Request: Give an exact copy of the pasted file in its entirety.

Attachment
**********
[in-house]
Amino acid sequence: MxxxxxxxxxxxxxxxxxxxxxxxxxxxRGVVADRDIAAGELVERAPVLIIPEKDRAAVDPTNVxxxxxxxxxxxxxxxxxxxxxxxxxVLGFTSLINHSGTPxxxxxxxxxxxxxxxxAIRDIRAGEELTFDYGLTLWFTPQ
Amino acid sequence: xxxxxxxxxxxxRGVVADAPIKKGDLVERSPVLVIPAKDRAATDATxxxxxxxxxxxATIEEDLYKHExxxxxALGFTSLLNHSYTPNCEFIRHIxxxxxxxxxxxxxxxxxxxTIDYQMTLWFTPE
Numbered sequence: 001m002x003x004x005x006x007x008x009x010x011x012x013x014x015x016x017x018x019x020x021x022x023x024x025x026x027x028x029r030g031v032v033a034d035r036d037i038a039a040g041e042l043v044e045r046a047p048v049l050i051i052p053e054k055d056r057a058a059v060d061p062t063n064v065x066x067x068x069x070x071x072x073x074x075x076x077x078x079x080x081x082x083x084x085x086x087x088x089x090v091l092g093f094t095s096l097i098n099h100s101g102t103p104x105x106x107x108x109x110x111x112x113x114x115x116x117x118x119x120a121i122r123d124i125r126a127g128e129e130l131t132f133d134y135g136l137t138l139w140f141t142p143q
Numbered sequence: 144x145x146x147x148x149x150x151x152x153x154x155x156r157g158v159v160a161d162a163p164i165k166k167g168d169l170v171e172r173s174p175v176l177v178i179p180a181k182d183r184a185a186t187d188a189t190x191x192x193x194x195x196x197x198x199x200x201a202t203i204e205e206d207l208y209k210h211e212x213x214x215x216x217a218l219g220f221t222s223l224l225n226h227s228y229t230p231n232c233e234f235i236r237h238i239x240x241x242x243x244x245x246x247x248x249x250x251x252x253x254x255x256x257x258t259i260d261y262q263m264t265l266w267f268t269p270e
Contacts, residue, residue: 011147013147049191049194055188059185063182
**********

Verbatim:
[in-house]
Amino acid sequence: MxxxxxxxxxxxxxxxxxxxxxxxxxxxRGVVADRDIAAGELVERAPVLIIPEKDRAAVDPTNVxxxxxxxxxxxxxxxxxxxxxxxxxVLGFTSLINHSGTPxxxxxxxxxxxxxxxxAIRDIRAGEELTFDYGLTLWFTPQ
Amino acid sequence: xxxxxxxxxxxxRGVVADAPIKKGDLVERSPVLVIPAKDRAATDATxxxxxxxxxxxATIEEDLYKHExxxxxALGFTSLLNHSYTPNCEFIRHIxxxxxxxxxxxxxxxxxxxTIDYQMTLWFTPE
Numbered sequence: 001m002x003x004x005x006x007x008x009x010x011x012x013x014x015x016x017x018x019x020x021x022x023x024x025x026x027x028x029r030g031v032v033a034d035r036d037i038a039a040g041e042l043v044e045r046a047p048v049l050i051i052p053e054k055d056r057a058a059v060d061p062t063n064v065x066x067x068x069x070x071x072x073x074x075x076x077x078x079x080x081x082x083x084x085x086x087x088x089x090v091l092g093f094t095s096l097i098n099h100s101g102t103p104x105x106x107x108x109x110x111x112x113x114x115x116x117x118x119x120a121i122r123d124i125r126a127g128e129e130l131t132f133d134y135g136l137t138l139w140f141t142p143q
Numbered sequence: 144x145x146x147x148x149x150x151x152x153x154x155x156r157g158v159v160a161d162a163p164i165k166k167g168d169l170v171e172r173s174p175v176l177v178i179p180a181k182d183r184a185a186t187d188a189t190x191x192x193x194x195x196x197x198x199x200x201a202t203i204e205e206d207l208y209k210h211e212x213x214x215x216x217a218l219g220f221t222s223l224l225n226h227s228y229t230p231n232c233e234f235i236r237h238i239x240x241x242x243x244x245x246x247x248x249x250x251x252x253x254x255x256x257x258t259i260d261y262q263m264t265l266w267f268t269p270e
Contacts, residue, residue: 011147013147049191049194055188059185063182